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Pflugers Arch. 2006 Jun;452(3):300-6. Epub 2006 Apr 4.

Phenotype analysis of mice deficient in the peptide transporter PEPT2 in response to alterations in dietary protein intake.

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  • 1Molecular Nutrition Unit, Institute of Nutritional Sciences, Technical University of Munich, Am Forum 5, 85350, Freising-Weihenstephan, Germany.

Abstract

The peptide transporter PEPT2 mediates cellular uptake of di- and tripeptides driven by an inwardly directed electrochemical proton gradient. In mammals PEPT2 is found in a variety of organs such as kidney, lung, brain, enteric nervous system, and mammary gland. Highest expression levels are observed in renal proximal tubules where PEPT2 contributes to reabsorption of filtered di- and tripeptides. To assess the physiological importance of the transporter in overall metabolism, we have generated a Pept2-/- mouse line that lacks a functional PEPT2 protein. Here we present data on body weight, organ weights, and blood pressure. Mice were then fed diets containing either 10, 20, or 30% (w/w) protein, and food and water intake rates as well as plasma and urine parameters were determined. In spite of PEPT2 expression in a variety of tissues, only subtle phenotypic changes were observed. Male PEPT2 null mice displayed lower bodyweight and lower relative heart weight, whereas, relative kidney weight was lower in female Pept2-/- mice. No differences were found in blood pressure. When fed diets with different protein contents, Pept2-/- mice adapted food intake to dietary protein content with higher consumption rates on low protein and reduced food intake rates on the high protein diet.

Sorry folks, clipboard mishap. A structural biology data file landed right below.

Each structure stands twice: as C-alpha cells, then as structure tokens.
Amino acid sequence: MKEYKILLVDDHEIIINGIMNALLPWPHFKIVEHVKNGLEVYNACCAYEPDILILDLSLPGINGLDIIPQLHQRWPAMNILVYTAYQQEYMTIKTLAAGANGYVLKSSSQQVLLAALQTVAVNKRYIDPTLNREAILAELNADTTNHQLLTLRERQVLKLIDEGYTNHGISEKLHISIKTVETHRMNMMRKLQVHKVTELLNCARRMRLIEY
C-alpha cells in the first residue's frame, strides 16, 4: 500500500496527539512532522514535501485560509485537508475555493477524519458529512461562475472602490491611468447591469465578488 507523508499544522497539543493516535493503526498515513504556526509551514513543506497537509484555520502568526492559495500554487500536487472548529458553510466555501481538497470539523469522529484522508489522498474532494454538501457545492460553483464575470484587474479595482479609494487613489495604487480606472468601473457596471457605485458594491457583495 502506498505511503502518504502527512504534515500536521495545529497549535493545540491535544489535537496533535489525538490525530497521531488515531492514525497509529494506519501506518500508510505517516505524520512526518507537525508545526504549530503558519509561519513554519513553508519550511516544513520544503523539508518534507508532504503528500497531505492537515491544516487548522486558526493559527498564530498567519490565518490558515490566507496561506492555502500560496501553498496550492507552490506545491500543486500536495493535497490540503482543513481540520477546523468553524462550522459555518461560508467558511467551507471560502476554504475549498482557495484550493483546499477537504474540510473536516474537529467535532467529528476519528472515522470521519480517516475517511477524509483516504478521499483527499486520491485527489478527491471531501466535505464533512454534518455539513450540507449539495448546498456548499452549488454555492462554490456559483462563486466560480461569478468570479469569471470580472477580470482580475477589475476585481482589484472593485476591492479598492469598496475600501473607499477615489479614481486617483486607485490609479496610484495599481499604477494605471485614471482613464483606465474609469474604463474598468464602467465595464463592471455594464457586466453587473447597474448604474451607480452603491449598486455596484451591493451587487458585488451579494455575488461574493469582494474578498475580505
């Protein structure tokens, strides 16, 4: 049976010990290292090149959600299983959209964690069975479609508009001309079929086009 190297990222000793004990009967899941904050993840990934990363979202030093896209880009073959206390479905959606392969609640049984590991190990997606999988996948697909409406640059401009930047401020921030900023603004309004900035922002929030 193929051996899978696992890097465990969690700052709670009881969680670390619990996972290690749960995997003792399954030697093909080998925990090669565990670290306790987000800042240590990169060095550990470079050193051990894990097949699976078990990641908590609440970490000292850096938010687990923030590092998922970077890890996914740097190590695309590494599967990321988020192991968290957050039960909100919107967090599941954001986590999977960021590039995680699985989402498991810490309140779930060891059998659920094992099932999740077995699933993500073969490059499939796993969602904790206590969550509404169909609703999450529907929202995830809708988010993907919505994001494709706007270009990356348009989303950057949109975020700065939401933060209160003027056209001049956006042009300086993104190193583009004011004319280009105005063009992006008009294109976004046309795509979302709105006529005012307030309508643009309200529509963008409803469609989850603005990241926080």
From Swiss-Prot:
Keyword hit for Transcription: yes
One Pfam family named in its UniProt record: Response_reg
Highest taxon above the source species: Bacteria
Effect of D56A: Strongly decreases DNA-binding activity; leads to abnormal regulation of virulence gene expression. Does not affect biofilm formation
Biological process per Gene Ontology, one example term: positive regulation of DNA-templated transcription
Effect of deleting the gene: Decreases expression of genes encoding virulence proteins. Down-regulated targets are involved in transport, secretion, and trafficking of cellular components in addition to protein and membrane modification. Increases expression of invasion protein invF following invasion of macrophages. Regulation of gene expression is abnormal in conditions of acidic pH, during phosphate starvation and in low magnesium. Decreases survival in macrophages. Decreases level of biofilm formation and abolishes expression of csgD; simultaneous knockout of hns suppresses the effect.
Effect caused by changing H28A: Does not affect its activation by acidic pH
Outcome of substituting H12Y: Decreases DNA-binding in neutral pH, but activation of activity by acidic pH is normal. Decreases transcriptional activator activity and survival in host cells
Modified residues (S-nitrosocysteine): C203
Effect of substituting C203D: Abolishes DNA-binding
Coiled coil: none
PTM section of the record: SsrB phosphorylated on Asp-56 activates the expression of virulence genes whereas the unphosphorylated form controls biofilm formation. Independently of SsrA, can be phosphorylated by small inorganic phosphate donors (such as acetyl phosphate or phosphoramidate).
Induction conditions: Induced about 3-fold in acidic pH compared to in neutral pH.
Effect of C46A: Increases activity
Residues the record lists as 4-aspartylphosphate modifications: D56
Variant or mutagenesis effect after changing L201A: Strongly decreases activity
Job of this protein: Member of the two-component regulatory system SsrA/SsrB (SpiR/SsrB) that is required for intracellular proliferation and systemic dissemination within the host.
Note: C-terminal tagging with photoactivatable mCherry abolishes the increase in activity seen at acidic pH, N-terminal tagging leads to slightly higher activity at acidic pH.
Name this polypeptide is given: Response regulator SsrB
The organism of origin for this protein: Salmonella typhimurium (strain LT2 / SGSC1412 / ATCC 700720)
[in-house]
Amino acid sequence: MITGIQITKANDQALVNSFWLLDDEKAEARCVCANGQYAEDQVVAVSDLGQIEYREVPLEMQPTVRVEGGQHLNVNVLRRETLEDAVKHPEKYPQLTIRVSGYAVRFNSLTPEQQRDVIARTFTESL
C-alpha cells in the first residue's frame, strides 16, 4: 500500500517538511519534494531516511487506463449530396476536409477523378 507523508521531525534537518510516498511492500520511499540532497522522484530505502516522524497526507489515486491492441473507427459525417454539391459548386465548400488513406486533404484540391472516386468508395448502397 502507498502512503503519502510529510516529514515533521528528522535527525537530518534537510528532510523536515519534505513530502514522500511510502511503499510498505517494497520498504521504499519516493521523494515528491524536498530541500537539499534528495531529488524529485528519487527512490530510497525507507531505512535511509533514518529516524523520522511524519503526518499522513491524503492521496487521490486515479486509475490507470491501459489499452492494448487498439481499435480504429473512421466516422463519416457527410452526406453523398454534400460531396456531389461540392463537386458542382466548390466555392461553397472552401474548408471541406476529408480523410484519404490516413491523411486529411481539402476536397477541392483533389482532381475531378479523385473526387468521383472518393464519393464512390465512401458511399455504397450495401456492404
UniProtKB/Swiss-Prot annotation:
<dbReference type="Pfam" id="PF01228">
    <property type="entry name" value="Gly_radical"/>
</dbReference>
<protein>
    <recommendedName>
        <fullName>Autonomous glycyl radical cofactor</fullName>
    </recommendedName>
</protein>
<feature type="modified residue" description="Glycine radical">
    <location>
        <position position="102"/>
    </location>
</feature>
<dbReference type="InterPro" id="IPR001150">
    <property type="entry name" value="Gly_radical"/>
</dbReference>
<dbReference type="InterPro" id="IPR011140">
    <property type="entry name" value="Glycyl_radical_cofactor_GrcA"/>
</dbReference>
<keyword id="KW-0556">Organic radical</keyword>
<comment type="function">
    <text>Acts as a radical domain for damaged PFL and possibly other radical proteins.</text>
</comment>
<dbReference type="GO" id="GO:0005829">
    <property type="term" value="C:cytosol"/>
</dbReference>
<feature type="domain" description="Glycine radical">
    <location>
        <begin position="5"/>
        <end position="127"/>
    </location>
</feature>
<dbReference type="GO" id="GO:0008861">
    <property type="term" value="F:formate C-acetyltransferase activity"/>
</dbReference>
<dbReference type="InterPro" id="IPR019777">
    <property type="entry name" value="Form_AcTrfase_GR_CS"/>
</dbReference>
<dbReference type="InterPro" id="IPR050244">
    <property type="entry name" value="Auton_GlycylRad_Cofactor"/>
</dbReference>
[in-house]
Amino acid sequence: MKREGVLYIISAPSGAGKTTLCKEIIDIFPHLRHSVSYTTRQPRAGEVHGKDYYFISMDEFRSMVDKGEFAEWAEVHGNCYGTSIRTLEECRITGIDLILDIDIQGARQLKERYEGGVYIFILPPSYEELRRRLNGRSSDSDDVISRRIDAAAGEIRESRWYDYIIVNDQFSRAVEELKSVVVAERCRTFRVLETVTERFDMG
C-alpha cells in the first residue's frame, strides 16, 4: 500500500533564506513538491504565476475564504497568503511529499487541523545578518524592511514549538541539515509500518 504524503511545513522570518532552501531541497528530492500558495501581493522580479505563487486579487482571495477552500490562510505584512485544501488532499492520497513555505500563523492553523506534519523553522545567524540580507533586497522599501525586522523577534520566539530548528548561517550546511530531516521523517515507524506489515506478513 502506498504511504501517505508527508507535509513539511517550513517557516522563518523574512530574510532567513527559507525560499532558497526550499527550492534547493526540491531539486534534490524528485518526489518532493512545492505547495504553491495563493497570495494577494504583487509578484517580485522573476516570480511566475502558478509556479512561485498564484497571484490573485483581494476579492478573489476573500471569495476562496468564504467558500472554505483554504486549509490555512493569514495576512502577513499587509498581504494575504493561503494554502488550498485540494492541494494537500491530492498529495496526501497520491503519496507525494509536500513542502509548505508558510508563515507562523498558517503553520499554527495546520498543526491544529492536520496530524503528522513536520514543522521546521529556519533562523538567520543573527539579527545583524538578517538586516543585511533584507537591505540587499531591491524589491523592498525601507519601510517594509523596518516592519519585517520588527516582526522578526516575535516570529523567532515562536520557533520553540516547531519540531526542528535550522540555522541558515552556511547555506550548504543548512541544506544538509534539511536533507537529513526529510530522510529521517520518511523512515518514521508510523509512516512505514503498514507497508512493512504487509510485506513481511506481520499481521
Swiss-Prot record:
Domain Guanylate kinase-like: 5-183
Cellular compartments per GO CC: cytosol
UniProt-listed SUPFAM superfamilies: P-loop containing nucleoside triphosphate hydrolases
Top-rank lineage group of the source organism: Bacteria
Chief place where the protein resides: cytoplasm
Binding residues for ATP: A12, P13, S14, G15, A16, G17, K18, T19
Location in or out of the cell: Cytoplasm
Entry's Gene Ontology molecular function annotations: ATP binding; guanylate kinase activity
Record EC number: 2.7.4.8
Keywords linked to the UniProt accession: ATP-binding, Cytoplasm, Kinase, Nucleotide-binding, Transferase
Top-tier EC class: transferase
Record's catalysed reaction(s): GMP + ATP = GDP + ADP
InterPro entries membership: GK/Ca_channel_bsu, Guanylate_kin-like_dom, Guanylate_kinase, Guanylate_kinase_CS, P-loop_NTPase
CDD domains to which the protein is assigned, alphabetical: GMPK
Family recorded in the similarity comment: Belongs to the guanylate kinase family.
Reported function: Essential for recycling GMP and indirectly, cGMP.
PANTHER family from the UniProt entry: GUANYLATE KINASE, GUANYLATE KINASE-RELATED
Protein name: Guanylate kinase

PMID:
16586099
[PubMed - indexed for MEDLINE]
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